Michigan Female Seminary

Education for Women

The Michigan Female Seminary was established in 1856 under the auspices of the Presbyterian Synod of Michigan. Located on a 31 acre bluff overlooking Gull Road and what is now Riverview Drive, the Seminary stood as a landmark in the city for more than half a century, and provided a high quality education for the young women of the area.


Michigan Female Seminary, c.1880. Schuyler C. Baldwin photo (Local History Room)

The seminary movement began in 1727, and by 1871 there were over 162 such schools across the country. The Michigan Female Seminary was patterned after one located in Mount Holyoke, Massachusetts and soon came to be known as the “Mount Holyoke of the West.” Although at its peak it could accommodate 100 girls, the average enrollment was nearer to 60.


The school day began for the girls at 7:00 in the morning when the maid awakened them with a ringing bell. Required academic subjects included the histories of Greece, Rome, and England, botany, geology, ethics, American and English literature, math, and foreign languages. Additional classes in the Bible, art, culture, and cooking were also taught. Music was a specialty of the school and by 1900 the seminary owned fifteen pianos. Concerts were given both at the school and in town by the girls and by visiting pianists. The curriculum was so strong that graduates were admitted to the University of Michigan with the equivalent of two years college credit.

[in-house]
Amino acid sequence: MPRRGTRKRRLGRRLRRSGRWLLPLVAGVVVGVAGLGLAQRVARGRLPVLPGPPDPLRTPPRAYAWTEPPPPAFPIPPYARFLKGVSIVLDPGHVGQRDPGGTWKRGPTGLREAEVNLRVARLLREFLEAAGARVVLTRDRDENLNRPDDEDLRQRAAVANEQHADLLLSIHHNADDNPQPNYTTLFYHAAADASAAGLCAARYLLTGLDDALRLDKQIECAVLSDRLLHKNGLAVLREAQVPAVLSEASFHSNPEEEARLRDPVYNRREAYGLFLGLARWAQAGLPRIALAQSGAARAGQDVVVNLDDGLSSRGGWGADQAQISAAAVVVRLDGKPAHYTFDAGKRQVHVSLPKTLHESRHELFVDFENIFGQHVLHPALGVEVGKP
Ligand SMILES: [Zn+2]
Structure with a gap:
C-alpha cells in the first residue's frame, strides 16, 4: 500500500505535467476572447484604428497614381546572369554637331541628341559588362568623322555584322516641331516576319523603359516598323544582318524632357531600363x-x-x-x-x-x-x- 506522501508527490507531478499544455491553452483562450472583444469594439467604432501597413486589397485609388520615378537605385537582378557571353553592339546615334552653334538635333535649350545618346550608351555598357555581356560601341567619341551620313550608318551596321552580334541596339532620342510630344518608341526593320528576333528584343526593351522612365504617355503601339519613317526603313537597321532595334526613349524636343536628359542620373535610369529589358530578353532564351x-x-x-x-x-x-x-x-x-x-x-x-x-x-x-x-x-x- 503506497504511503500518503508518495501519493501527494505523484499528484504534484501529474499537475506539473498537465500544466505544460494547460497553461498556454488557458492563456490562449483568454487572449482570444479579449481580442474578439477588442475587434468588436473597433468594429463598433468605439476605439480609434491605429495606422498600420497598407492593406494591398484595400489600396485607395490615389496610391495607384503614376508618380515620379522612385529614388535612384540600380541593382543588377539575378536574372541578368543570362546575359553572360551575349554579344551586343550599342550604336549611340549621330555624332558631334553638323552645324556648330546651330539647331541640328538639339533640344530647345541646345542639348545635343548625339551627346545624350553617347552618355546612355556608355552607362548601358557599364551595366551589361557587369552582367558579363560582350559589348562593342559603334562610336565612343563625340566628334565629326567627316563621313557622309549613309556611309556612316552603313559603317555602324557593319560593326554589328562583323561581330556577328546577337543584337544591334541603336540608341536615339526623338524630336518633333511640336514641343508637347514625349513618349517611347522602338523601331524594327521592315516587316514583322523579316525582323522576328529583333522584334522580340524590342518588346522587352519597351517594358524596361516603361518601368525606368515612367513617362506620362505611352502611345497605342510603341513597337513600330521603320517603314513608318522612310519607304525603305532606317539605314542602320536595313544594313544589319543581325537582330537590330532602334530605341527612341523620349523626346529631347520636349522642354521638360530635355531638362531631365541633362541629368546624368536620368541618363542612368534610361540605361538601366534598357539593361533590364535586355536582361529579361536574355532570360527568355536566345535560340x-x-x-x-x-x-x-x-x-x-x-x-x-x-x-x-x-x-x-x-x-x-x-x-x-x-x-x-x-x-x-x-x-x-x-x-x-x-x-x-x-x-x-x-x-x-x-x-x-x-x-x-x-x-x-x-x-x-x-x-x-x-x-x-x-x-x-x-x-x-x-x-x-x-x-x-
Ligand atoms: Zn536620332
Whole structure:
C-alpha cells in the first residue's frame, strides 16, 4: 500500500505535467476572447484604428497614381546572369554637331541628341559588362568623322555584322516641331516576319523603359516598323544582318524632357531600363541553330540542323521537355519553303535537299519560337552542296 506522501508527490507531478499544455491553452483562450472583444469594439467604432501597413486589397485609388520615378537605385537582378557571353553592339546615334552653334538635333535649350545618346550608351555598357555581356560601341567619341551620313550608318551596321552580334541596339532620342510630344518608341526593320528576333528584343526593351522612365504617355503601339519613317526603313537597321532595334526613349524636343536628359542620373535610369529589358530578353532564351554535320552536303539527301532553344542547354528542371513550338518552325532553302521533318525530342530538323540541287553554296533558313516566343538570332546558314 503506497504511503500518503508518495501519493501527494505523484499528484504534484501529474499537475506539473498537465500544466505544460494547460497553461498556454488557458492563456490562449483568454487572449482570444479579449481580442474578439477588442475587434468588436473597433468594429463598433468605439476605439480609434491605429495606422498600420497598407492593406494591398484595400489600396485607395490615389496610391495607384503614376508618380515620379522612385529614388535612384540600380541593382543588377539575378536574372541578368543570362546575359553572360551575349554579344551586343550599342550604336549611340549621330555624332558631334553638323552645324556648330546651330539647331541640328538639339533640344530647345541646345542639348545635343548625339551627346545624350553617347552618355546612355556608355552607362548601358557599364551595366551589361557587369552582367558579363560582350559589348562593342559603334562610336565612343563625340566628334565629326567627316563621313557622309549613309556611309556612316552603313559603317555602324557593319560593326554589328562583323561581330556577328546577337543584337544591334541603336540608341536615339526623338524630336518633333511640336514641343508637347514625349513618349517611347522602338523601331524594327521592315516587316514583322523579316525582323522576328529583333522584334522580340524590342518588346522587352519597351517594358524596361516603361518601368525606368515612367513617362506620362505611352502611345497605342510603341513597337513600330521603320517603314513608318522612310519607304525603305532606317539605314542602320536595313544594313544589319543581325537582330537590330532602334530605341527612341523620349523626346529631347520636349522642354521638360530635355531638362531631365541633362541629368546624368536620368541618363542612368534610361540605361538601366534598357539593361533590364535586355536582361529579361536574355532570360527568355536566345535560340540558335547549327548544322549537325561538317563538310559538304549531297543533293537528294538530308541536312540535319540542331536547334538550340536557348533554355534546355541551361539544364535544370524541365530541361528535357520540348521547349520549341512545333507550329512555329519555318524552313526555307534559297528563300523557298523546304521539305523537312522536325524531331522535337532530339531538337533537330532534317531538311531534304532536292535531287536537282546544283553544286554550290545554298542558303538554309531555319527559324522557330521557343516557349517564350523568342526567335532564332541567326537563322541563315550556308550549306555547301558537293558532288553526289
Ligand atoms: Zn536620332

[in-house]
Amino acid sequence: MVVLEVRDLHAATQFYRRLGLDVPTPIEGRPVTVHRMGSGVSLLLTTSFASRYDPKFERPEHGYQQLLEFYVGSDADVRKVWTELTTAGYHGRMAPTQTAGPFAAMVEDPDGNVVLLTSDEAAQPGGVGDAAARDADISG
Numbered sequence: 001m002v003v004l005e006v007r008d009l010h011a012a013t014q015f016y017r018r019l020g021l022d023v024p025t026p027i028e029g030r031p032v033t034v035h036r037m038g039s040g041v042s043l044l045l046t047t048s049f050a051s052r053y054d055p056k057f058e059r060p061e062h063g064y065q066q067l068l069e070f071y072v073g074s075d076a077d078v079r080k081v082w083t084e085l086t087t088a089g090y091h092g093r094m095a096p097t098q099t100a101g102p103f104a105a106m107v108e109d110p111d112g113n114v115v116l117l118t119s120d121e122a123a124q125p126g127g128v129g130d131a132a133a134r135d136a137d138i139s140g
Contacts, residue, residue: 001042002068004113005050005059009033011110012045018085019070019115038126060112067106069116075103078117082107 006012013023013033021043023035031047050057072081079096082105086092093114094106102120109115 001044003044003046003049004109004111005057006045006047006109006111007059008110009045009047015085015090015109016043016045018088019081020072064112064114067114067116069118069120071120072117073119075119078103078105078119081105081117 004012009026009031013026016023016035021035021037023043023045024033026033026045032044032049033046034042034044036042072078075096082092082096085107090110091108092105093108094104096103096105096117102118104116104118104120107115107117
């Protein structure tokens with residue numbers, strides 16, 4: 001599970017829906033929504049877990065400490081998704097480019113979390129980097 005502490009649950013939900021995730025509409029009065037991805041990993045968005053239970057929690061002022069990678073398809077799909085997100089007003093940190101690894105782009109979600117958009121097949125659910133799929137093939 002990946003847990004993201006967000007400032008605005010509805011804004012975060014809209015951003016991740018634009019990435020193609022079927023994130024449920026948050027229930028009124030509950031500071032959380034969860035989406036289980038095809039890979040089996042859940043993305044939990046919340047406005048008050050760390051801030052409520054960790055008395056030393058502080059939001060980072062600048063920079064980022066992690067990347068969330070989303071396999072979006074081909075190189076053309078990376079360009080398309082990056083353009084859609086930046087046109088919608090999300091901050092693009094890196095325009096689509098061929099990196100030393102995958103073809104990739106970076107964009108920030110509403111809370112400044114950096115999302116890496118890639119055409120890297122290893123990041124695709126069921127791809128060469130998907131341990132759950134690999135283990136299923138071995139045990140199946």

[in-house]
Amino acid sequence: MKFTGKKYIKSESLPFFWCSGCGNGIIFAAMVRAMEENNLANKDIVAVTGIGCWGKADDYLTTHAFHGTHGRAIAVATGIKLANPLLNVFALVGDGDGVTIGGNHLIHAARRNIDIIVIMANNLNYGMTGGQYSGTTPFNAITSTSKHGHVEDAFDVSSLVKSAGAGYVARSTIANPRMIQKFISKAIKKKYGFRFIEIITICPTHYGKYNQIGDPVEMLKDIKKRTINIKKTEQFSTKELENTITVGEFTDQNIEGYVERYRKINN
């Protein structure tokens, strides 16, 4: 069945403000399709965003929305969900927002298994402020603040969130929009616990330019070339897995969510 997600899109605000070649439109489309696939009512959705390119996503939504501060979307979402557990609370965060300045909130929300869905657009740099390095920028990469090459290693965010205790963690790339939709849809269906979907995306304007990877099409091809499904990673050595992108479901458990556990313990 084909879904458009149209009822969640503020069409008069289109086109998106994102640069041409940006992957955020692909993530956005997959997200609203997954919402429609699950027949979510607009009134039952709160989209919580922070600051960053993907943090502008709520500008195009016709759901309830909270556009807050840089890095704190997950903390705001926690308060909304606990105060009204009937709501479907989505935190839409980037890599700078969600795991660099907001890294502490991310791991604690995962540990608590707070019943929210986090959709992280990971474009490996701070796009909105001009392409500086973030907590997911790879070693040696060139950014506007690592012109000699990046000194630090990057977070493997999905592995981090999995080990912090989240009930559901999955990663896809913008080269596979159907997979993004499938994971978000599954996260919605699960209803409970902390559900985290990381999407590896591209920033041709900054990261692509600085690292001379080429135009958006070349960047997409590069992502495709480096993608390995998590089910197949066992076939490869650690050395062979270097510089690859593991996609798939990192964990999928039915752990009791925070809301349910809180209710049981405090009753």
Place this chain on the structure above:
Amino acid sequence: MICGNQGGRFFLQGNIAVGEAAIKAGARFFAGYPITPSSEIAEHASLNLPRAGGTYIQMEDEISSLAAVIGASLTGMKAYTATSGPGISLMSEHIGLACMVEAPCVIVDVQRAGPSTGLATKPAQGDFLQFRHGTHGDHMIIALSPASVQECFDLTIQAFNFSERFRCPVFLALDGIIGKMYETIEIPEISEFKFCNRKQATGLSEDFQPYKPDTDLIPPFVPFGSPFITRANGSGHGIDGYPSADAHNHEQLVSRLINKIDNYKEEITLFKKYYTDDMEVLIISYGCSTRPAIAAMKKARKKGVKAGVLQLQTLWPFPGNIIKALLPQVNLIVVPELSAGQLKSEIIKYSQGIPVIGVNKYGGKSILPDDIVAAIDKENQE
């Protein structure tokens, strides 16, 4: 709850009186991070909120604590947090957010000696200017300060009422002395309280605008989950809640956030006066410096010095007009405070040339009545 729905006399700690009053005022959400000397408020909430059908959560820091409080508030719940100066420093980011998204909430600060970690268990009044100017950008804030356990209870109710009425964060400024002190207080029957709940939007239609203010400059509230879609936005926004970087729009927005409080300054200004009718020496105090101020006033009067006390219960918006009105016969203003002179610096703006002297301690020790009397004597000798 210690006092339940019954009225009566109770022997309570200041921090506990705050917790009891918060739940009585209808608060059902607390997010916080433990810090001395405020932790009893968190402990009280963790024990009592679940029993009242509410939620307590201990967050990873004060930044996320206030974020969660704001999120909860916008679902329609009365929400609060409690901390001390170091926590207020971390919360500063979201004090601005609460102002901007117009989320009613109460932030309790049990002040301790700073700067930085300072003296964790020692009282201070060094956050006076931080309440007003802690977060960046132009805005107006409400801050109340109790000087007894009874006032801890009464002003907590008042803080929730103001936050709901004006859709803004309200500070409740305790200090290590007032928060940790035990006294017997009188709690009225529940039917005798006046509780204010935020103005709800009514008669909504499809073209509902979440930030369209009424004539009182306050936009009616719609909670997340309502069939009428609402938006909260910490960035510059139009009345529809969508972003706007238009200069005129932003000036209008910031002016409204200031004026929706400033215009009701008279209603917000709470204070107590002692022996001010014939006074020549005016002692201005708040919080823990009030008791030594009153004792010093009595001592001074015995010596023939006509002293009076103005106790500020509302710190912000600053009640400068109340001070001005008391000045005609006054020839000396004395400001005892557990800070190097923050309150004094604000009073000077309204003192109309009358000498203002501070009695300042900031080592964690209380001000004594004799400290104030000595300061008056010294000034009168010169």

Sunday Activities

Each girl was required to attend church every Sunday at the Presbyterian church in the center of town. The entire student population walked to church, and in the afternoon they rewrote the sermon. School rules dictated that the girls were “not to make or receive calls on the Sabbath, nor are they expected to spend a Sunday away from the Seminary during term time.”

End of Seminary

Enrollment steadily declined from 1900 until the school finally closed in 1907, only forty years after it had opened. The building was torn down in 1935, and some of the original building materials were used to construct St. Mary’s Roman Catholic Church on the same site. The church is still in use.

Written by Martha Lohrstorfer, Kalamazoo Public Library Staff, 1999. Last updated 7 June 2006.



Compendium of History and Biography of Kalamazoo County, Mich.

Chicago: A. W. Bowen & Co., [1906], pages105-106
H 977.417 F53


“A Michigan Landmark Passes”

Michigan History, Winter 1936, volume 20, page 59

“Michigan Female Seminary”

Michigan History, March 1961, volume 45, page 57

History Room Files

History Room Subject File: Michigan Female Seminary

Other Collections

Western Michigan University Regional History Collections: Michigan Female Seminary

Do NOT follow this link or you will be banned from the site!

Share: Facebook Twitter